Inside this market there is a place called Tostadas Coyoacan.  It is a must-stop destination everytime we go to Coyoacan. This stall has large platters of almost any topping for a tostada you could think of, seafood, beef, chicken, pork, they have it all. I usually get three of my favorties, one of pata de rés (pickled beef feet), one of tinga (chicken in a chipotle -tomato sauce), and one of salpicón de rés.

Tostadas Coyoacan

Tostadas Coyoacan

Salpicón is essentially a beef  “salad” that is great as a topping for tostadas and especially easy to prepare.  Salpicon is not uniquely a Mexican dish, as salpicón is served throughout Central and South America, but the Mexican version does have its own unique ingredients, mainly the chile jalepeños, you will even find different versions of salpicón in each region of Mexico. I love this version, which I have adapted from a version of pata de rés that my mother-in-law  taught me.

Tostadas de Salpicon

  • 2 lbs. Skirt Steak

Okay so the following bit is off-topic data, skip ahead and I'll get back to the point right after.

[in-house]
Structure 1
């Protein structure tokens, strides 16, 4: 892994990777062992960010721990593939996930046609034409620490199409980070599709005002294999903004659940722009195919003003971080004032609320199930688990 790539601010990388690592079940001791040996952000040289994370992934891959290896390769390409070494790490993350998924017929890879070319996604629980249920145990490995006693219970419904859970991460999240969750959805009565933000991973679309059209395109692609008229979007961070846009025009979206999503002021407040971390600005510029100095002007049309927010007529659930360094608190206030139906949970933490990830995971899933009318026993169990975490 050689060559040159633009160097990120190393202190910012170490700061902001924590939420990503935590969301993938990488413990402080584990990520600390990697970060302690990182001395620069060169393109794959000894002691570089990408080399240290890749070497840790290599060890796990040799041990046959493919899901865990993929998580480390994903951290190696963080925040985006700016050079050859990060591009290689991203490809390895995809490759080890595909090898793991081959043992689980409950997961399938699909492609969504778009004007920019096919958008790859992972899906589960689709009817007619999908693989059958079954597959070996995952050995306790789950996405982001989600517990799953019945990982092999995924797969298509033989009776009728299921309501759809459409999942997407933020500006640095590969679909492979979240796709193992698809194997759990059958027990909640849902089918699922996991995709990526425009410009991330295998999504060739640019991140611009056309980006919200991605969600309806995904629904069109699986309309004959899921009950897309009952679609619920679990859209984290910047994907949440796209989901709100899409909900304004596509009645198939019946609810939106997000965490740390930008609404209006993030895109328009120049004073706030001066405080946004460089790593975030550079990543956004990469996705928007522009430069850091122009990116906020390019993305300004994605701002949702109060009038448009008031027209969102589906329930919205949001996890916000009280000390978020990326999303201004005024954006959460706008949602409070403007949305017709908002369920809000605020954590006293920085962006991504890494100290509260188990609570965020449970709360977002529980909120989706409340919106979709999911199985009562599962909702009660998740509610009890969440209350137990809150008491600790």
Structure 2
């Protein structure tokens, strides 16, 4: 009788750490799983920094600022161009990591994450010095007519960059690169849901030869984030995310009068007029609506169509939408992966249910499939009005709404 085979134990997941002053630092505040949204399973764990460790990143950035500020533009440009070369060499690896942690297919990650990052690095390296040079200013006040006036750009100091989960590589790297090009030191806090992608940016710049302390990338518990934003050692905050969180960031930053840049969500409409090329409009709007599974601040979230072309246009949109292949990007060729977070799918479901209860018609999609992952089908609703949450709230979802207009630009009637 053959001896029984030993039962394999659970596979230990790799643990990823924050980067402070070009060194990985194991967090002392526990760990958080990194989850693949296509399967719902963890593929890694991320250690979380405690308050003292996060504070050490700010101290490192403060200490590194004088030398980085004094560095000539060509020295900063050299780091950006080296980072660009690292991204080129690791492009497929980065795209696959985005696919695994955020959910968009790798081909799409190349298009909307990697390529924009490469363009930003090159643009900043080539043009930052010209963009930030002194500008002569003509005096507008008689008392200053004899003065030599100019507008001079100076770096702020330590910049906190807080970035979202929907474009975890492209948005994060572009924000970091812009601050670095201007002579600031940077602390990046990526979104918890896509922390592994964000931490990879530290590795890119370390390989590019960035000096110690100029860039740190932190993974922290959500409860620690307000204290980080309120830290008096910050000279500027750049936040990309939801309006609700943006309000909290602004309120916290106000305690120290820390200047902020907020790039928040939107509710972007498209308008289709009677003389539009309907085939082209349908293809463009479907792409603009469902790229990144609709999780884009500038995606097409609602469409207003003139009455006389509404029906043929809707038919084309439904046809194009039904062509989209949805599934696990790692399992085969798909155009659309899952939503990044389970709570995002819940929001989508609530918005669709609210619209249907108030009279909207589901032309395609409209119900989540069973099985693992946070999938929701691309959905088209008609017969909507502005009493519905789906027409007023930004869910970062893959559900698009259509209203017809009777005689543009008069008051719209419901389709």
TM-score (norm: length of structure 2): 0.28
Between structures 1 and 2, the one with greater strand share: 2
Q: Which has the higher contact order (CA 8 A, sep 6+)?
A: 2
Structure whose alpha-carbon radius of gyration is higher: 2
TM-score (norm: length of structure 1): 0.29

• ½ head of garlic
  • ½ onion quartered
  • 1 tsp black peppercorns
  • 1 bay leaf
  • 1 tbsp salt
  • ½ red onion sliced
  • 10-12 cilantro stems tied together with butchers twine.
  • 1/2 cup fresh cilantro chopped
  • 1/3 cup red wine vinegar
  • 3 tbsps Extra Virgin Olive Oil
  • ½ cup of La Costena Green Pickled Jalepeno Peppers, seeds removed and chopped
  • 1 tbsp oregano
  • Salt to taste
  • Tostadas Charras

Garnish

  • Romaine Lettuce sliced
  • Sour Cream
  • Salsa Roja
  • Queso Fresco or Queso Cotija
  • Sliced Avocado
  1. Fill a stockpot filled with about 3 quarts of water, take the skirt steak and cut into quarters and put in the pot with the garlic, onion, peppercorns, bay leaf, cilantro stems, and salt. Bring to a boil and simmer for about 40-45 minutes over low heat. Let meat cool in broth once done.